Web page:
In earlier reviews already enough has been said about the huge possibilities without writing any code. In addition, I would like to remark that with coding the possibilities are even bigger. First of all, you can code your own specific validations beyond the range of standard validations already provided. A special in-company registration number? Some country zip-code? All possible. The huge forum provides you with all information required.
Personally I only have limited programming skills but was surprised what’s possible.
Last it support a lot of detailed css-classes, so you can set-up any theme or design you desire.
I found one drawback, BreezingForms does not support Joomla 2.5 multi-language functionality. Of course you can copy your form and translate it, but that I don’t like due to the increasing maintenance of complex forms.
Josetta does what it promise, only I found out that’s not enough. It transferred my site (250 articles, 9 complex menu’s) without any remark.
However, after importing I noticed some unexpected result: First of all there is a big difference in approach between JoomFish and the multi-language capability of Joomla 2.5. JoomFish keeps only track of differences, true translated parts, while Joomla 2.5 needs a complete language structure. I found out, this is especially valid for menus. Fox example in my Dutch / English-website I use the same words for example for ‘Home’ and ‘ Contact’ in the main menu. Because they are not translated in JoomFish those items are not transferred either by Josetta in the UK-part. Unfortunately I have a lot of these non-translated items.
Secondly I found out the menus are flatted, e.g. all menu and submenu items are at the same level. Of course you can re-work this, but while I have some complex menus, with a lot of sub-items, this is quite some work.
Unfortunately, although never suggested by Josetta to be clear, it doesn’t import/convert modules. I use them a lot, for example with a picture of a catalogue and a link to request a copy, including a scheme were they have to show-up at what article. Re-building them again by hand is a lot of work.
Jupgrade does converts modules (and all other stuff) and luckily you can combine Jupgrade and Josetta. You upgrade first with help of Jupgrade, and use Josetta to import the menus, categories and articles. Because Josetta simply adds them to your (upgraded) site, it’s wise to delete the original upgraded items, by Jupgrade, first. In my case I ended with some partly translated menu’s, see above, but all articles. Due to the new menus added by Josetta, I lost complete the link with all upgraded modules, e.g. which module had to show-up at what article. So that was for me not the best solution possible.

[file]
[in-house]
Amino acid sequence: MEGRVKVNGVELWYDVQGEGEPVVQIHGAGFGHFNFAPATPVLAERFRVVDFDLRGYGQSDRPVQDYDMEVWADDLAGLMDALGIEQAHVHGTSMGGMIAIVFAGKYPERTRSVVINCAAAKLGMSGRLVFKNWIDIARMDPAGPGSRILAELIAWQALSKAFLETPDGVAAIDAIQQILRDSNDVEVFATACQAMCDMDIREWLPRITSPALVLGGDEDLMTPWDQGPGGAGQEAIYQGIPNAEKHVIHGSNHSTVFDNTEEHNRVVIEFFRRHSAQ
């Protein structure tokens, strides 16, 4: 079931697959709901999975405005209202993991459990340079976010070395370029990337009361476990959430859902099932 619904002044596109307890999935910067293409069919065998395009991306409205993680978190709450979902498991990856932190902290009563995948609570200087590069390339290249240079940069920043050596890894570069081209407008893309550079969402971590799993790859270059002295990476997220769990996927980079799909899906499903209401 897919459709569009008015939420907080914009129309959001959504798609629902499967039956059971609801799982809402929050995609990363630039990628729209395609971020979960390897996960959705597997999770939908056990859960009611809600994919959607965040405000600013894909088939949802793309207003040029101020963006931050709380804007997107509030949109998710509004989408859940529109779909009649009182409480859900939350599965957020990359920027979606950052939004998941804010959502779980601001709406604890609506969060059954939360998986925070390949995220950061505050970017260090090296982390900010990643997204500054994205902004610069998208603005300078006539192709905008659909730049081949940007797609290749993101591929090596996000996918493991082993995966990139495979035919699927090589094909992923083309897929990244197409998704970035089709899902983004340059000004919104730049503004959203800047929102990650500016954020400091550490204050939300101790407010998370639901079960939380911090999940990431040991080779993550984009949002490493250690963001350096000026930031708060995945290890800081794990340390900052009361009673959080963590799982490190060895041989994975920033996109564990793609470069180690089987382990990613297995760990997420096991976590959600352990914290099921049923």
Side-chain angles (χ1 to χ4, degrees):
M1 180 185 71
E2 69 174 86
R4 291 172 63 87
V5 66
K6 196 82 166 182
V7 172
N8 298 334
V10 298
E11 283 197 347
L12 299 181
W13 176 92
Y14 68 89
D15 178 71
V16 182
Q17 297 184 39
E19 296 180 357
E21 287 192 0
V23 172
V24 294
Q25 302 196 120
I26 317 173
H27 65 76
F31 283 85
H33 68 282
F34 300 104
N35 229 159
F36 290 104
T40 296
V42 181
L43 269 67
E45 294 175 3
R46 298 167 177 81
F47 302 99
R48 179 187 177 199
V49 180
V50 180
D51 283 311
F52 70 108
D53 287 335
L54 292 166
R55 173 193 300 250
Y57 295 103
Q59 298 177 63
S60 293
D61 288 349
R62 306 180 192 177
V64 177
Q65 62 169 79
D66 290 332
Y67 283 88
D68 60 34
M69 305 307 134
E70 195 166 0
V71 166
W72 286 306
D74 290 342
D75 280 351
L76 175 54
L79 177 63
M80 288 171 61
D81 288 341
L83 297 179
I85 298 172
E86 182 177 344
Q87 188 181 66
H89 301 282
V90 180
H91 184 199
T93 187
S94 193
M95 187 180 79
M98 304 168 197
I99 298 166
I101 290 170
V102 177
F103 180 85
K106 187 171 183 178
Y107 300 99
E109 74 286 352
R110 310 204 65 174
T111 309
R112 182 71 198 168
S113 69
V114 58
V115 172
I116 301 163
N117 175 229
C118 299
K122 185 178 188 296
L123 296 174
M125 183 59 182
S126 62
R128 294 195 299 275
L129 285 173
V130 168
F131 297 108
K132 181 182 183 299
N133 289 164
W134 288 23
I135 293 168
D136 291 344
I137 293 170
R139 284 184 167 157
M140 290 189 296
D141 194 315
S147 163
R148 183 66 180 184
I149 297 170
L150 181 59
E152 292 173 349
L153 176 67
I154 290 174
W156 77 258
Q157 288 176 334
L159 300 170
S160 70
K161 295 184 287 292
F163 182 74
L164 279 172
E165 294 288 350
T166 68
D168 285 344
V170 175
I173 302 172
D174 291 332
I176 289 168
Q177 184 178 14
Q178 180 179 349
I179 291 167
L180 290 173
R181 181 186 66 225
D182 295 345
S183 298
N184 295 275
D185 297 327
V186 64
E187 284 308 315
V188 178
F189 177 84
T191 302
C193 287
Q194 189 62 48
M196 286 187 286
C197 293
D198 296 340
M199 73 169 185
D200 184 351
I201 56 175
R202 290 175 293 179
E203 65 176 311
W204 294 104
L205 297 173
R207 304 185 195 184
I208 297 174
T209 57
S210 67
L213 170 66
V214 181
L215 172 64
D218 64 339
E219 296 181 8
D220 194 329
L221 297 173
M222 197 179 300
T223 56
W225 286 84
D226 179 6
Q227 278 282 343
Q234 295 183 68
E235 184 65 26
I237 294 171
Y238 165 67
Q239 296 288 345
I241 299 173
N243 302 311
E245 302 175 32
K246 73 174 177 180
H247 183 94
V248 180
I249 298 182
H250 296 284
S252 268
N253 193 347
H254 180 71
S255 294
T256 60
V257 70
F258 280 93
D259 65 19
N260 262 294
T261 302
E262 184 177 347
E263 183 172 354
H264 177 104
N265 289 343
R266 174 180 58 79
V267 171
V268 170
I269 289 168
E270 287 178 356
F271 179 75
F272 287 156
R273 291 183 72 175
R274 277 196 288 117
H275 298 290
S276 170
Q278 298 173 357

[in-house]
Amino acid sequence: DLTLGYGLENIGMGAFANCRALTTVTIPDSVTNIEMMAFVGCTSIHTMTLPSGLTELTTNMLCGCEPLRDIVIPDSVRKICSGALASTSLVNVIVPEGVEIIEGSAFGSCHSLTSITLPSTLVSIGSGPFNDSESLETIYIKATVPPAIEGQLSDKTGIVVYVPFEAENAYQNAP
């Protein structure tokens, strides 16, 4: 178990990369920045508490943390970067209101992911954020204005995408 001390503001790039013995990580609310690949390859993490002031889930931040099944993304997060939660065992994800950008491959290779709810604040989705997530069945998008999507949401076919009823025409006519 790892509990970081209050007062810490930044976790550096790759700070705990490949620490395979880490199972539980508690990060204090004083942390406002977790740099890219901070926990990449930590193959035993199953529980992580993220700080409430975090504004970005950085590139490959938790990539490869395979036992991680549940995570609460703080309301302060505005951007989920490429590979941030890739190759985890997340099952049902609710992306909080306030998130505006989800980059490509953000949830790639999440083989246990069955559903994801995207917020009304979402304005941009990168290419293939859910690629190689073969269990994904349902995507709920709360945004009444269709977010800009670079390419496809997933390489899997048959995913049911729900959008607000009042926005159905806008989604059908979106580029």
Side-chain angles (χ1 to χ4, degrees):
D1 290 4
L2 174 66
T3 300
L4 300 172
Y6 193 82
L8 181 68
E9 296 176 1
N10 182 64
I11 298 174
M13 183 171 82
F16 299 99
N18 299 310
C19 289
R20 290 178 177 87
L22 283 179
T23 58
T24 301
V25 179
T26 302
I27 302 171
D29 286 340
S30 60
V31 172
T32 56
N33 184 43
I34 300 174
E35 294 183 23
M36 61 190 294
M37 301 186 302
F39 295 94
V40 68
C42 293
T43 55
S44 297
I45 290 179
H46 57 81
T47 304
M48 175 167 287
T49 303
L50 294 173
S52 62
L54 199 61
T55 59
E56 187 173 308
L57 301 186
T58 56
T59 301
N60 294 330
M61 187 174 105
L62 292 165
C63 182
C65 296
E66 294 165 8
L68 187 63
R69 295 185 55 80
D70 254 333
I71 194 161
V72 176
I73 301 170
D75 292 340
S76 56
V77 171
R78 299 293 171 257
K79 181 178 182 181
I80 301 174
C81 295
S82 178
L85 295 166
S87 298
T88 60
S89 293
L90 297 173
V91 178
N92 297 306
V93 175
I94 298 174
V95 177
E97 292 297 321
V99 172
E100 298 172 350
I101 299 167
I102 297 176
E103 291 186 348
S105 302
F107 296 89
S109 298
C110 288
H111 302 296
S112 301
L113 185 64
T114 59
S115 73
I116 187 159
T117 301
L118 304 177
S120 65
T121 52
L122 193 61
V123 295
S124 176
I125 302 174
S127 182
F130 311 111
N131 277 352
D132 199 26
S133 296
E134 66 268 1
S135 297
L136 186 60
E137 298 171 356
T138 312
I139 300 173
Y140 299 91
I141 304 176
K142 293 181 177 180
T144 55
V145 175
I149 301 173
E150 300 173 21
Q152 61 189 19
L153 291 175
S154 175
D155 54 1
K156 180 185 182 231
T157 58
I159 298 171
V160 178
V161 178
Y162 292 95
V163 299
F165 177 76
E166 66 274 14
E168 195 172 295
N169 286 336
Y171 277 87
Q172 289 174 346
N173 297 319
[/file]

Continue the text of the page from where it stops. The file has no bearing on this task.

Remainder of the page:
Finally I decided to add, directly in the SQL-tables, the translated articles to the upgraded site by Jupgrade. Via SQL I also duplicated the menus for the UK-translation. That, of course, request some knowledge of SQL and the database tables.
Please note I don’t use Josetta’s translation management functionality.
Thanks for your review, it's pretty fair that you acknowledge the fact you haven't used Josetta for what it's been designed for, assisting in creating multilingual content. The Joomfish importer is an additional, no-cost, tool that was added to help users transitionning, when possible, from Joomfish.
That's why it only transfers sections, categories, articles, menus and menu items (it says so in clear on the front-page where you start the import wizard).
We've tried to accomodate as much as possible the difference in concept between Joomfish and Joomla multilingual, but as you pointed out, it's not always possible. When that happens, only a user can manually fix or simply do things.
I do hope that you will start using Josetta for what it is though ;)